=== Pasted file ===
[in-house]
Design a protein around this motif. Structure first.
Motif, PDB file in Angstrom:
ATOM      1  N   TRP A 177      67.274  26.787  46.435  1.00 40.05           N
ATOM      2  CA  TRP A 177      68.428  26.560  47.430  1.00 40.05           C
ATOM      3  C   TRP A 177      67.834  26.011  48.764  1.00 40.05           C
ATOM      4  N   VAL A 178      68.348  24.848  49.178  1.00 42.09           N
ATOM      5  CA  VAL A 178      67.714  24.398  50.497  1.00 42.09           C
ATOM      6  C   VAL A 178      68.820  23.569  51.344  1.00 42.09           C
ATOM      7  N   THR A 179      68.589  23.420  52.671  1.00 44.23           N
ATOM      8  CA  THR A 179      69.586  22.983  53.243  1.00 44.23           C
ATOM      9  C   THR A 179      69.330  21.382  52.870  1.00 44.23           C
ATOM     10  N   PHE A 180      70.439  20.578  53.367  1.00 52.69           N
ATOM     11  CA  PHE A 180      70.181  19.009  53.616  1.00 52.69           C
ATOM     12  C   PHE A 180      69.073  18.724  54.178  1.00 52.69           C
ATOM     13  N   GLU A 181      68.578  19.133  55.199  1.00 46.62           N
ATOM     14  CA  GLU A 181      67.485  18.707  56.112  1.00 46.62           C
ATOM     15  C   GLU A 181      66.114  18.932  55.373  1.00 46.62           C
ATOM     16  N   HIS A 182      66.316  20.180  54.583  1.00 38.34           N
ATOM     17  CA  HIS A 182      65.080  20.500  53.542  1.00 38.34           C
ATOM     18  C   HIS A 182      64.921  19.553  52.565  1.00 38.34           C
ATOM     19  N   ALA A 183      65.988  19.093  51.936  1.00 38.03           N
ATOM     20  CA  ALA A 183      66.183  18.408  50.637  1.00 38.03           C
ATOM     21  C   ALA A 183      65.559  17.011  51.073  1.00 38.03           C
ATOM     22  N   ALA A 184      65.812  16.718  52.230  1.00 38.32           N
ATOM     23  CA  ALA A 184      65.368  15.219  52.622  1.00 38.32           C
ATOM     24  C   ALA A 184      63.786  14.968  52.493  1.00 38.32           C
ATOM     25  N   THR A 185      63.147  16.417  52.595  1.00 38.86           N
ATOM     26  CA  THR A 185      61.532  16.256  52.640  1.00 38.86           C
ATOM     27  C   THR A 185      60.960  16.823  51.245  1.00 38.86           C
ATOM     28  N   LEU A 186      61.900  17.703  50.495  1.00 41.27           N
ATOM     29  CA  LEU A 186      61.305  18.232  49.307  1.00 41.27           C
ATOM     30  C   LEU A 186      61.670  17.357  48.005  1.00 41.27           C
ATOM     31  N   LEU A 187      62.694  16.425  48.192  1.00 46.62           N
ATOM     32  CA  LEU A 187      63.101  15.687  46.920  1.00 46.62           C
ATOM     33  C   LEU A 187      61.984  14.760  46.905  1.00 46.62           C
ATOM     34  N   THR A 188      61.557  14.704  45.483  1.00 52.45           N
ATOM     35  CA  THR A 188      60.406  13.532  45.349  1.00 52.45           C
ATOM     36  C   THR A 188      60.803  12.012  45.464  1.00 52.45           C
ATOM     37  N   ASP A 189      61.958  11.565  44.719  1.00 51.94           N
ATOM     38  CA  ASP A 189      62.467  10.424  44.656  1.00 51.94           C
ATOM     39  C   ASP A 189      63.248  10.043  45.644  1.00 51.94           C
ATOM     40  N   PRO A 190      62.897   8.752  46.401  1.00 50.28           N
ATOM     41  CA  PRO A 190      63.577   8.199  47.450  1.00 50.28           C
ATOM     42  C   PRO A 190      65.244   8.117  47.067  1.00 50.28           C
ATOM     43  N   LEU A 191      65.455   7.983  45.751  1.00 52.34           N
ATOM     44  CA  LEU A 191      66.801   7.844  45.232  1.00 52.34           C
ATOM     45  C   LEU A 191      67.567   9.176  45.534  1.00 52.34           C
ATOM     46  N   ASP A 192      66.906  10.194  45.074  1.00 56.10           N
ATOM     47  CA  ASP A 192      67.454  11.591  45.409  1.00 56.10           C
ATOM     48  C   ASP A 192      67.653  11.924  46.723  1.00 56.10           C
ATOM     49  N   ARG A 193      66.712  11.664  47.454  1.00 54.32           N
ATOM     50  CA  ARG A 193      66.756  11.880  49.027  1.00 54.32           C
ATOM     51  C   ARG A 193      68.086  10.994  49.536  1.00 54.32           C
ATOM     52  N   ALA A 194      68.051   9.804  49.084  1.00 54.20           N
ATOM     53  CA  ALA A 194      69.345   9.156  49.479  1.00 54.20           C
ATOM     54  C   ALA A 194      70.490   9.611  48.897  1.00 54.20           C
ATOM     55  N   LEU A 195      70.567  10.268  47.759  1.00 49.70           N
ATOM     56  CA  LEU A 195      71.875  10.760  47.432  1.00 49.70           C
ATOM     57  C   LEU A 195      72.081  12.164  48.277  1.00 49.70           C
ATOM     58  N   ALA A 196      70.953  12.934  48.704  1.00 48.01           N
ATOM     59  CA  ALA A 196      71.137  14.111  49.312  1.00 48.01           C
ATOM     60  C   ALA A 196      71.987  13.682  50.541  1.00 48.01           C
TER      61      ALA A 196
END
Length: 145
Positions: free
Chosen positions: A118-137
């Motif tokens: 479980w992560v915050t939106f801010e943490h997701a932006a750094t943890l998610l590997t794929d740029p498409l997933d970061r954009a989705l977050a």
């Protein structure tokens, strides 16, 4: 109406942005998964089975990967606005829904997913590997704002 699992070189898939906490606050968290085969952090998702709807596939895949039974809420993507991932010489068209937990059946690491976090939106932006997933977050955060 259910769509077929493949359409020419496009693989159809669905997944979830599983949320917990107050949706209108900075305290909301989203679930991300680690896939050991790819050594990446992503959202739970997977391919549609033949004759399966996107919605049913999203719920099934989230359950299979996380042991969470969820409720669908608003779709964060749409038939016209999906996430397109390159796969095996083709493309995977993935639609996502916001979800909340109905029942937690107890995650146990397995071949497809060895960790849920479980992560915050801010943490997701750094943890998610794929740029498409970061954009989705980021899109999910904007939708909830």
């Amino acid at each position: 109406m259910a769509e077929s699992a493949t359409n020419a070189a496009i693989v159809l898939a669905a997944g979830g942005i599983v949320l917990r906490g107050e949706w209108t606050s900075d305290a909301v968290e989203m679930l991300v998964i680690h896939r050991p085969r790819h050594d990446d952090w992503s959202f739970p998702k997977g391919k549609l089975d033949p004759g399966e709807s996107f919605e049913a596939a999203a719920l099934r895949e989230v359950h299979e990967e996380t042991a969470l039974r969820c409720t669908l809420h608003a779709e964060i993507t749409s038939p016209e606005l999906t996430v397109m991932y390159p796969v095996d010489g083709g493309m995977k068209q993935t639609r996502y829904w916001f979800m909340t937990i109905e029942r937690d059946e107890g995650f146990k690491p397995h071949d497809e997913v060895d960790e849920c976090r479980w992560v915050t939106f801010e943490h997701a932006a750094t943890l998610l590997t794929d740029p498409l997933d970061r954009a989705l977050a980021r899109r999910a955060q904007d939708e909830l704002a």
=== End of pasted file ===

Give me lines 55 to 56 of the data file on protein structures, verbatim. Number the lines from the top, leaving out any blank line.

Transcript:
ATOM     52  N   ALA A 194      68.051   9.804  49.084  1.00 54.20           N
ATOM     53  CA  ALA A 194      69.345   9.156  49.479  1.00 54.20           C